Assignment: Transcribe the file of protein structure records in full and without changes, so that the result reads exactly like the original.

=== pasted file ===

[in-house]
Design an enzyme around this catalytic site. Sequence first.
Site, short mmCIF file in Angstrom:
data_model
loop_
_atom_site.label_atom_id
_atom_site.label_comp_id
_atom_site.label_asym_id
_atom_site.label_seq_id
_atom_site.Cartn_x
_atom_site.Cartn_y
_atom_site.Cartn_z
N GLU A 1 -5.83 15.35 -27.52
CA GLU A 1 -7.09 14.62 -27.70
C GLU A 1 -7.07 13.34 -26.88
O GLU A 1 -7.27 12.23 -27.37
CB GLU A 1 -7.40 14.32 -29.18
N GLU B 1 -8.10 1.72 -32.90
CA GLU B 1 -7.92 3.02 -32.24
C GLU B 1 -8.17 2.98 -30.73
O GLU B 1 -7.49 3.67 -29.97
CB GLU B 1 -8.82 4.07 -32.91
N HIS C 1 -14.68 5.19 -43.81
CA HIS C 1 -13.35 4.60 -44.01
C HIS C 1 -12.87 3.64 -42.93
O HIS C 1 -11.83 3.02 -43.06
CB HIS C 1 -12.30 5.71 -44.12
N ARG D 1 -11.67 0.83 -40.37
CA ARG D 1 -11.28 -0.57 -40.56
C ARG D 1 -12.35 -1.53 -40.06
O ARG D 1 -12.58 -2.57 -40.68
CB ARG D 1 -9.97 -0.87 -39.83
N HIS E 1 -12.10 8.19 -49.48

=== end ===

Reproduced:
[in-house]
Design an enzyme around this catalytic site. Sequence first.
Site, short mmCIF file in Angstrom:
data_model
loop_
_atom_site.label_atom_id
_atom_site.label_comp_id
_atom_site.label_asym_id
_atom_site.label_seq_id
_atom_site.Cartn_x
_atom_site.Cartn_y
_atom_site.Cartn_z
N GLU A 1 -5.83 15.35 -27.52
CA GLU A 1 -7.09 14.62 -27.70
C GLU A 1 -7.07 13.34 -26.88
O GLU A 1 -7.27 12.23 -27.37
CB GLU A 1 -7.40 14.32 -29.18
N GLU B 1 -8.10 1.72 -32.90
CA GLU B 1 -7.92 3.02 -32.24
C GLU B 1 -8.17 2.98 -30.73
O GLU B 1 -7.49 3.67 -29.97
CB GLU B 1 -8.82 4.07 -32.91
N HIS C 1 -14.68 5.19 -43.81
CA HIS C 1 -13.35 4.60 -44.01
C HIS C 1 -12.87 3.64 -42.93
O HIS C 1 -11.83 3.02 -43.06
CB HIS C 1 -12.30 5.71 -44.12
N ARG D 1 -11.67 0.83 -40.37
CA ARG D 1 -11.28 -0.57 -40.56
C ARG D 1 -12.35 -1.53 -40.06
O ARG D 1 -12.58 -2.57 -40.68
CB ARG D 1 -9.97 -0.87 -39.83
N HIS E 1 -12.10 8.19 -49.48